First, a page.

Perhaps if Scott Diamond’s 2013 debut hadn’t been delayed by the discovery of a bone chip in his elbow in December, he would have been ready to start on Opening Day, not April 13. And maybe he would have been allowed a shot at a complete-game shutout.

After his sparkling performance on Tuesday, the Twins at least can look forward to his outings in the near future. Because Diamond (3-2) is giving them reasons to believe that more is coming.

Behind Diamond’s pitching and a couple of big hits by batterymate Ryan Doumit, the Twins rolled to a 6-1 victory over the Red Sox at Fenway Park.

He was efficient. He was crafty. He was hard to hit. Diamond held Boston to three hits over seven shutout innings with no walks and two strikeouts. Stephen Drew’s single to lead off the third inning was Boston’s last hit off Diamond as he retired 15 straight and 17 of 18 to punctuate his outing.

He threw 96 pitches through seven innings, and the Twins didn’t risk an eighth as Josh Roenicke came in from the bullpen.

After giving up four earned runs over his 4⅓ innings in his season debut on April 13, Diamond has reeled off four straight quality starts (at least six innings, giving up no more than three earned runs). And Tuesday was his best of the bunch.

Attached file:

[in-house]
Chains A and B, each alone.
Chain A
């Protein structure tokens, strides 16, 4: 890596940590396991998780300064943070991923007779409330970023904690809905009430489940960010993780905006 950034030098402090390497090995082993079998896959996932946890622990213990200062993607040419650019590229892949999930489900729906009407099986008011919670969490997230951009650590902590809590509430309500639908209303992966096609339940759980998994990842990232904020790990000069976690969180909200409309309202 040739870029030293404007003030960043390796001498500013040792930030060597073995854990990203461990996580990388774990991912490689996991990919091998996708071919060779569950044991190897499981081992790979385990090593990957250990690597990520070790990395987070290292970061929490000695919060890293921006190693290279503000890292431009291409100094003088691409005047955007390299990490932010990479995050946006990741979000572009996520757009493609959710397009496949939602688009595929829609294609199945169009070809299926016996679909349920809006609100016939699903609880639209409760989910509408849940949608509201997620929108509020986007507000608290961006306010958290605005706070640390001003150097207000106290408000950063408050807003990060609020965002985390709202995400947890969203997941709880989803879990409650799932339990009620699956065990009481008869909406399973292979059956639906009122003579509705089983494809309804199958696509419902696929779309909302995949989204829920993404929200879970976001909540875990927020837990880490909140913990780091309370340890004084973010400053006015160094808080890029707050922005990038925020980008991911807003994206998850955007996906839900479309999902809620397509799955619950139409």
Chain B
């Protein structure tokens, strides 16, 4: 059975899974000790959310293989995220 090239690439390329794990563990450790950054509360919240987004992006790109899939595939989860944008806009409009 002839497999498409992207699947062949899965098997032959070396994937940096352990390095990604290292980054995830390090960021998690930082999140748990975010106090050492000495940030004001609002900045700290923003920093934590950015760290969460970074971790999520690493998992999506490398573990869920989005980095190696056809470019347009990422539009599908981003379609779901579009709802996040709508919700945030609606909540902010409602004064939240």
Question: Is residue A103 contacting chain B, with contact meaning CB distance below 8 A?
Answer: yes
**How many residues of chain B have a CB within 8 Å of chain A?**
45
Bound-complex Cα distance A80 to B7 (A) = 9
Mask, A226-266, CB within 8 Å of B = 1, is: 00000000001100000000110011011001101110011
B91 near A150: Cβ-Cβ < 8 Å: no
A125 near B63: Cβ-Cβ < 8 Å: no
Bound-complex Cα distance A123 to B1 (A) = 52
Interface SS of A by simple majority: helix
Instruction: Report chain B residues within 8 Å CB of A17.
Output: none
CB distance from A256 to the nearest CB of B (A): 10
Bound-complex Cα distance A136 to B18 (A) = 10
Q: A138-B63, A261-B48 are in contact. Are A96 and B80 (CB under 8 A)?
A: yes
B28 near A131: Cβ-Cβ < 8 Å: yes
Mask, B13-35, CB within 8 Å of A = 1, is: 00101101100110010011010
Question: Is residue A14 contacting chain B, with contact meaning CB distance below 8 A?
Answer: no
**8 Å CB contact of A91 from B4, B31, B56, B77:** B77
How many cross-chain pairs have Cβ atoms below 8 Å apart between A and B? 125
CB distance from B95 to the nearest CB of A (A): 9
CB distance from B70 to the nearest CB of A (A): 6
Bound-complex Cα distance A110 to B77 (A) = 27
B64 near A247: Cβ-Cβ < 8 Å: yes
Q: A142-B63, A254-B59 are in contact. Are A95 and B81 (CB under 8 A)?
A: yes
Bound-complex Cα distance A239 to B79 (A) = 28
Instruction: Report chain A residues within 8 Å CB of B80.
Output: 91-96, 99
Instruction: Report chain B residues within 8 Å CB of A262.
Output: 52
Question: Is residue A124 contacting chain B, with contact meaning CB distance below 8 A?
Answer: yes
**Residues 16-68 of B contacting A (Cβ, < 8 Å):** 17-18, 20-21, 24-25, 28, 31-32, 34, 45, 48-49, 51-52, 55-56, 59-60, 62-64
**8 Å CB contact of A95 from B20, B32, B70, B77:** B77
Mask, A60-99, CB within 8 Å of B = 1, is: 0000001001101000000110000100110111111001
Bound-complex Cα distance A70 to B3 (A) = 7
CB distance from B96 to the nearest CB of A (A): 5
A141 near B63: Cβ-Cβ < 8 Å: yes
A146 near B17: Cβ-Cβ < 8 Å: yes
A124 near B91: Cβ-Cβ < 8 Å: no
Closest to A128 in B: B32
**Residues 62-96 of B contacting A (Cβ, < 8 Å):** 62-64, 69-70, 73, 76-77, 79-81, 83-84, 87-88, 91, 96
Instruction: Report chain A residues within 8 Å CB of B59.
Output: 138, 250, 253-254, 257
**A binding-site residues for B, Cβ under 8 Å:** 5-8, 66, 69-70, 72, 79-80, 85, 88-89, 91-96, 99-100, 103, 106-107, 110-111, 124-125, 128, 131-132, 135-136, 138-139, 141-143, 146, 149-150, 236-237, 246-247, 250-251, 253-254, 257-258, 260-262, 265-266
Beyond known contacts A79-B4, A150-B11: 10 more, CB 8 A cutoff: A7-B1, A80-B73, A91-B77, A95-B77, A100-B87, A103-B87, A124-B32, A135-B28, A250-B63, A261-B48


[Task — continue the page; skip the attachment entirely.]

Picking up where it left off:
With a large strike zone to work with — St. Paul’s own Jeff Nelson was behind the plate on Tuesday — Diamond and Red Sox righthander Dempster took advantage.

Diamond used all his pitches early but was fastball-intensive the second time through the Red Sox lineup. Eighteen of his 24 pitches in the third and fourth innings were fastballs. Then Diamond tried to stay a step ahead. In the fifth, Diamond threw a slider for strike one to Jonny Gomes, who eventually flied out to left. Diamond dropped a curveball over for strike one to Will Middlebrooks, who eventually grounded out to second. Another slider for strike one was thrown to Stephen Drew, That at-bat ended with a groundout to first.

Diamond seemed to be one step ahead for most of his outing — which a finesse lefty must be. Given that Diamond was pitching for the first time in one of baseball’s grand stages in historic Fenway Park made it all the more impressive.